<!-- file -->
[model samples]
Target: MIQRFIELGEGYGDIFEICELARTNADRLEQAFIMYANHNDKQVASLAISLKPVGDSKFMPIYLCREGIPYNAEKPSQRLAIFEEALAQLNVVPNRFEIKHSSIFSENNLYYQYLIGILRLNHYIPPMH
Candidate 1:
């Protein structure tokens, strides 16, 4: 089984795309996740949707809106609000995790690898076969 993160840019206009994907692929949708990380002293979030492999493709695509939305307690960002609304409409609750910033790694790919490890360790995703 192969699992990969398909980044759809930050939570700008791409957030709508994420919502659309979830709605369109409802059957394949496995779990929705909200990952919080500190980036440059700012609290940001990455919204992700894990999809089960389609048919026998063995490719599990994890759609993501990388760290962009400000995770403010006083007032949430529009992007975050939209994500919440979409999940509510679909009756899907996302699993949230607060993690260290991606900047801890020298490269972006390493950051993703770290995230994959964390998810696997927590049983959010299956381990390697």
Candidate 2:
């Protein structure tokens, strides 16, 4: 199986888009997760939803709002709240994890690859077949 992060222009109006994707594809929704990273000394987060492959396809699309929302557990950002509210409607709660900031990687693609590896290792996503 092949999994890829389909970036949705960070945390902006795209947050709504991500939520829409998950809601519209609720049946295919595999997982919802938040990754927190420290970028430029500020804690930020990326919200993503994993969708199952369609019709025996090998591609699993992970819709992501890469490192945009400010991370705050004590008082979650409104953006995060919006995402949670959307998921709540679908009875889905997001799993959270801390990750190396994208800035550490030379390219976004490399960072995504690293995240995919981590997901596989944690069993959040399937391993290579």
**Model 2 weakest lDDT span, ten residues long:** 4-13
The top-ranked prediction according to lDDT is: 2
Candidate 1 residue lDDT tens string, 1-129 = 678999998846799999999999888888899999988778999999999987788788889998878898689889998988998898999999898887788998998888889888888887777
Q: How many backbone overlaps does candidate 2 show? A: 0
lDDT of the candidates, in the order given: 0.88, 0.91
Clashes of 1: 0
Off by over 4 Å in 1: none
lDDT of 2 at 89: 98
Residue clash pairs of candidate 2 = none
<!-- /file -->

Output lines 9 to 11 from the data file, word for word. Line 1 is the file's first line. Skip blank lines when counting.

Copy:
Candidate 1 residue lDDT tens string, 1-129 = 678999998846799999999999888888899999988778999999999987788788889998878898689889998988998898999999898887788998998888889888888887777
Q: How many backbone overlaps does candidate 2 show? A: 0
lDDT of the candidates, in the order given: 0.88, 0.91